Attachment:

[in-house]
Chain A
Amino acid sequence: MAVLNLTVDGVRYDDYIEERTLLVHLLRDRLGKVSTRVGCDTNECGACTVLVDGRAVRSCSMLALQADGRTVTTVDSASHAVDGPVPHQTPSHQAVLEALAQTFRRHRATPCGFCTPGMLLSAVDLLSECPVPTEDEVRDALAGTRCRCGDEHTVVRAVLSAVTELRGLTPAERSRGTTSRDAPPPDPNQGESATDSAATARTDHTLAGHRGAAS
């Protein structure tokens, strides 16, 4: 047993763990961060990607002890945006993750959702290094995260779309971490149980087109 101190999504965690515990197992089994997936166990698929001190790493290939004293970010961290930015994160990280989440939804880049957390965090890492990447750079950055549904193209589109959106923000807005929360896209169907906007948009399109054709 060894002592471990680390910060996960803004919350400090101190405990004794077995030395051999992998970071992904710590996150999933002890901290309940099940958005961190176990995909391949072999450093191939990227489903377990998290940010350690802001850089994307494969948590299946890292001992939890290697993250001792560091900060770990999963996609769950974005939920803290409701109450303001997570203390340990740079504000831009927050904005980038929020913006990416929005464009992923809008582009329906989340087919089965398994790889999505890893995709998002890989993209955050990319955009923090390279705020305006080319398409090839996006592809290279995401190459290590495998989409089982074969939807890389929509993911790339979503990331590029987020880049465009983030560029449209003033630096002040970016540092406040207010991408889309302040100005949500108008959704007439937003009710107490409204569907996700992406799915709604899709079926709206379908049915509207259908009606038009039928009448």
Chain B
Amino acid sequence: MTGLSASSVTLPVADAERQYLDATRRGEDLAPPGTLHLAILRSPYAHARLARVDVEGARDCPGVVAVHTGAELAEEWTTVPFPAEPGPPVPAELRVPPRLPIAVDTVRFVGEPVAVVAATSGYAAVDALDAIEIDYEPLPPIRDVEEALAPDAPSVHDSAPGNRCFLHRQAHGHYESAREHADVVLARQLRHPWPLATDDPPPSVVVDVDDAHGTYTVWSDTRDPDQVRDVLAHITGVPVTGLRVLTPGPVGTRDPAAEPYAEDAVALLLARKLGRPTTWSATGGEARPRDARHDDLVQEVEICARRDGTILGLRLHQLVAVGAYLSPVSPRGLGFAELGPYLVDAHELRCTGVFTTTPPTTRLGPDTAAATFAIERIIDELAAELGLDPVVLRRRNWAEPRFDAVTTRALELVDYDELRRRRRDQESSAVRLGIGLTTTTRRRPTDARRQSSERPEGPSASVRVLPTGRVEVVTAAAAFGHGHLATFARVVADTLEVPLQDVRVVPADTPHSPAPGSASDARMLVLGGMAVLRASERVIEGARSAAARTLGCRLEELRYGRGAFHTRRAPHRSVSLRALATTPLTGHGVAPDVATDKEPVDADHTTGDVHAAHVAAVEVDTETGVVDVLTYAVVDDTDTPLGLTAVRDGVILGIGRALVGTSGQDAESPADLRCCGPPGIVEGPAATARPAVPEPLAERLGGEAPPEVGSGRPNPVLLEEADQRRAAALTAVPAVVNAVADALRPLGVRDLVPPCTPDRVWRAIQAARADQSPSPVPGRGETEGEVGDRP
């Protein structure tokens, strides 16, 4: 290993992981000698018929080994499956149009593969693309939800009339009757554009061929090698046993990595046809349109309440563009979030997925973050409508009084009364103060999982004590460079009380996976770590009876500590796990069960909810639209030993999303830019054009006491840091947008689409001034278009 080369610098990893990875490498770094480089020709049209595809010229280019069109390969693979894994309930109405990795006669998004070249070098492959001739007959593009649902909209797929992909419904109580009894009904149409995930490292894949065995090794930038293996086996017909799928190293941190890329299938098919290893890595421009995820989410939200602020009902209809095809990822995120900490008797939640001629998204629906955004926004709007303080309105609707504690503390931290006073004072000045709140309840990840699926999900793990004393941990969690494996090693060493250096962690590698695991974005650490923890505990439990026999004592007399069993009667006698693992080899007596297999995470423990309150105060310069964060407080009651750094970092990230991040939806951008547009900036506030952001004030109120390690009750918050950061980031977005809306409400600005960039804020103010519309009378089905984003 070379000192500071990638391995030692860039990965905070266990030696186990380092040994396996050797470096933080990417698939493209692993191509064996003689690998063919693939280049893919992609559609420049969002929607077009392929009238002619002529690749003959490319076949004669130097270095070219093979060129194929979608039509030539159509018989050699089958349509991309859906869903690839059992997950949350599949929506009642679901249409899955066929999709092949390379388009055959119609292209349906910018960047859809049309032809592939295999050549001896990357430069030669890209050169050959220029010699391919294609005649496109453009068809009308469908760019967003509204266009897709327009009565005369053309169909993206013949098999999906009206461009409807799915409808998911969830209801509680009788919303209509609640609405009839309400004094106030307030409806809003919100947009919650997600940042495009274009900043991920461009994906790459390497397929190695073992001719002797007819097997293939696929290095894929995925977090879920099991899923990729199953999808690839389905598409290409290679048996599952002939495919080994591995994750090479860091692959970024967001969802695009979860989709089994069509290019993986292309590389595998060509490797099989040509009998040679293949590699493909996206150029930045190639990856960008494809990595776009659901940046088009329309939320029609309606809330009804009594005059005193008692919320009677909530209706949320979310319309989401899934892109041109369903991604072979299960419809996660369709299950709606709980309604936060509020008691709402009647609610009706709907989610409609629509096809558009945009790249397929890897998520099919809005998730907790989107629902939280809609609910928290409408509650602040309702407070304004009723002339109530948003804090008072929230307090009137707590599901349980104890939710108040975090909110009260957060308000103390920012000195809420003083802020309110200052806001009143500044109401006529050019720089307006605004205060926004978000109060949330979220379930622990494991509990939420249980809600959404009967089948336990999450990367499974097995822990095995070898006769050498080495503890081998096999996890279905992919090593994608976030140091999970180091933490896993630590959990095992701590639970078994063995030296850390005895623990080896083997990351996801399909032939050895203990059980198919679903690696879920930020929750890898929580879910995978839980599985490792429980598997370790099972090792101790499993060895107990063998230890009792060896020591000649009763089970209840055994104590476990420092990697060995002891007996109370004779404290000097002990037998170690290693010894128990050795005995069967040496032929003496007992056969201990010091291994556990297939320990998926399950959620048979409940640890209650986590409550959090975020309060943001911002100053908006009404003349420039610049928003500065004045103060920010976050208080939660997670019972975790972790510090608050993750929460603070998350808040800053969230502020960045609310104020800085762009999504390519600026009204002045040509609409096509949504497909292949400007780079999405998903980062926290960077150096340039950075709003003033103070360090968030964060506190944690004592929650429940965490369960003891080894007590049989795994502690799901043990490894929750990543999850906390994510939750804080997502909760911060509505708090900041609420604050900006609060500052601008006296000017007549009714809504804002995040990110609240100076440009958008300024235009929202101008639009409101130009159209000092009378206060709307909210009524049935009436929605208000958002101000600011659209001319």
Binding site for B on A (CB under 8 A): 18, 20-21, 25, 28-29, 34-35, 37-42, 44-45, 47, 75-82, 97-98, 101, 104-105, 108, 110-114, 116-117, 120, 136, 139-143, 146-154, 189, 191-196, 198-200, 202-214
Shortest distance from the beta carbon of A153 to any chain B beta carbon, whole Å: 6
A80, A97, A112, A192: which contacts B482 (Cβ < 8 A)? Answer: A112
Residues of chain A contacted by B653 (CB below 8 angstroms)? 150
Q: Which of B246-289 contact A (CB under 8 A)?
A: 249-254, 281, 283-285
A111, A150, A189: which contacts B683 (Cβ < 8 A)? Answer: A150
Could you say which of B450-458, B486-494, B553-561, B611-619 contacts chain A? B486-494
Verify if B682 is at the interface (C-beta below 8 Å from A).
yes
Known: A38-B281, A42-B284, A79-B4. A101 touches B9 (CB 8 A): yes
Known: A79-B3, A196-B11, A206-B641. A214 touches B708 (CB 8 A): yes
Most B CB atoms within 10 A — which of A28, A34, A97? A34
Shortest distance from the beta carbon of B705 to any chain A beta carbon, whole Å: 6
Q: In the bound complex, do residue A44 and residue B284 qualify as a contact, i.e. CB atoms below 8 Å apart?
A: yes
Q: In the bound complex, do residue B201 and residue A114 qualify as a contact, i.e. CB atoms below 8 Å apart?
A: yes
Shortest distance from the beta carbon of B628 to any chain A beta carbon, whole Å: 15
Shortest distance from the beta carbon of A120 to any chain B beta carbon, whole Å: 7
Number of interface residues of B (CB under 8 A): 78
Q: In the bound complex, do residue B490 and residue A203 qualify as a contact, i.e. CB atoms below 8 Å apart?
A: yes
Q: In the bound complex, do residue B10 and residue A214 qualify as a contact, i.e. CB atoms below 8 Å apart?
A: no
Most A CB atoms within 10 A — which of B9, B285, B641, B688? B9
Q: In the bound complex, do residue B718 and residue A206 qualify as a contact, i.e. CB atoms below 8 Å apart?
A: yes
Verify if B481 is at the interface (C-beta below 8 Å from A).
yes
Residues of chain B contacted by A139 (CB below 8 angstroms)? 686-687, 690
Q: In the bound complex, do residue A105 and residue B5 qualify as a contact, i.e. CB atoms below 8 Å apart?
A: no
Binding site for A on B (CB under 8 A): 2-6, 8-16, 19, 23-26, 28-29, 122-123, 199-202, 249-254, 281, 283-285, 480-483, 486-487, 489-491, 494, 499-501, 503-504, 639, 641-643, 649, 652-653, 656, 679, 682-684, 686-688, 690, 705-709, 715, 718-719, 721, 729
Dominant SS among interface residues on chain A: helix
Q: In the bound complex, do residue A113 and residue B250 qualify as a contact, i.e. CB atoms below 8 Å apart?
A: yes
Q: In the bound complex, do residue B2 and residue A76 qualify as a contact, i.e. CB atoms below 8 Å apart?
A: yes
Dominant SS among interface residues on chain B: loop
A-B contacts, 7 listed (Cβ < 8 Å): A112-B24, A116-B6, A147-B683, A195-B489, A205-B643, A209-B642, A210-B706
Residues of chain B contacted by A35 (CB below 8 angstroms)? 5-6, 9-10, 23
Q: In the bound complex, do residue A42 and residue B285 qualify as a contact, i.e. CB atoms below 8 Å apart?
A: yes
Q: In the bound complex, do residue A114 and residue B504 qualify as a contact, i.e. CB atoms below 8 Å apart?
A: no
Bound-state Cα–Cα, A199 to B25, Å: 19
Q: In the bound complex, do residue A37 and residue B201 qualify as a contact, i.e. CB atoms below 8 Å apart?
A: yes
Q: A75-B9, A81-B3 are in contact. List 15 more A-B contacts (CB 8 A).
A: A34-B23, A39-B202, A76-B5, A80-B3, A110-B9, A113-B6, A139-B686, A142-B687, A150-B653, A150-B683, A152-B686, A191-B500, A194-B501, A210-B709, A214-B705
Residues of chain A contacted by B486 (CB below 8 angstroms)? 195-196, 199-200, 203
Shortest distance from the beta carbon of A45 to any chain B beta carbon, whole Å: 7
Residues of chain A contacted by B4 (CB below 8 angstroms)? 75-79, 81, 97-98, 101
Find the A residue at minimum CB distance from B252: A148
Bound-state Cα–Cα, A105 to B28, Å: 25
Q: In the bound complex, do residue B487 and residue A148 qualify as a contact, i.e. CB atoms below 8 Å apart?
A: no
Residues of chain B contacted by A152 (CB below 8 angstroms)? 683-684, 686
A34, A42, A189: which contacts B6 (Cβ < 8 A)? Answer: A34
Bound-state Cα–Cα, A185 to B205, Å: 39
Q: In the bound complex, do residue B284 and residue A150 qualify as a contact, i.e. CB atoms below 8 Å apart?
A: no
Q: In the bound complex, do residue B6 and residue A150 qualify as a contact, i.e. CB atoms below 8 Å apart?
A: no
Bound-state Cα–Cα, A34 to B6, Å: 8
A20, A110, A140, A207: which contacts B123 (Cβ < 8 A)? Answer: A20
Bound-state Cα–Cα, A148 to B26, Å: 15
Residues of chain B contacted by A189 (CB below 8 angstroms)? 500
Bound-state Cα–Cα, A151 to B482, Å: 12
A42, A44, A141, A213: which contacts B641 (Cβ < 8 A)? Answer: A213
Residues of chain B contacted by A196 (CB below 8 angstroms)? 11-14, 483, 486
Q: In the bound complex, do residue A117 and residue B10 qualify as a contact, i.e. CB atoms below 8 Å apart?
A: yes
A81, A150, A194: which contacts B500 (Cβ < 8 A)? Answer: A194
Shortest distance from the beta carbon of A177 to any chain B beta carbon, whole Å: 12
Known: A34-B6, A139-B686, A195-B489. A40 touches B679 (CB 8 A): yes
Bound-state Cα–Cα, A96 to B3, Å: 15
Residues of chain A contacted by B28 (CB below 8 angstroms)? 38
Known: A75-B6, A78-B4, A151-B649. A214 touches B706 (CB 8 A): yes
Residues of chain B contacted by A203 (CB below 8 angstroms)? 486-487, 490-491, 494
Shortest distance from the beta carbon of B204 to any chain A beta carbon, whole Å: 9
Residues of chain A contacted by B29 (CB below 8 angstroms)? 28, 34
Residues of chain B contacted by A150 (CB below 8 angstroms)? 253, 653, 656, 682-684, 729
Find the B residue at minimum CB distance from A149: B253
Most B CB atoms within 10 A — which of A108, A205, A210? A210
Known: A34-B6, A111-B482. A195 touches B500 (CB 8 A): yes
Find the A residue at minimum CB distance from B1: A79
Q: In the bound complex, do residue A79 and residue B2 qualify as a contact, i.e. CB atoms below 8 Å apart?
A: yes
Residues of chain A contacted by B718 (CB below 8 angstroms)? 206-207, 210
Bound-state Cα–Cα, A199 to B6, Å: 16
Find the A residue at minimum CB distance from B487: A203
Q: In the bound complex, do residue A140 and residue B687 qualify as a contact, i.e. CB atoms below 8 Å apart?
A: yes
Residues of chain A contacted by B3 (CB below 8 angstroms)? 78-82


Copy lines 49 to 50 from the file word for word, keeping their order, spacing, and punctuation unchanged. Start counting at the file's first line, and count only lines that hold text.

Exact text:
Residues of chain B contacted by A35 (CB below 8 angstroms)? 5-6, 9-10, 23
Q: In the bound complex, do residue A42 and residue B285 qualify as a contact, i.e. CB atoms below 8 Å apart?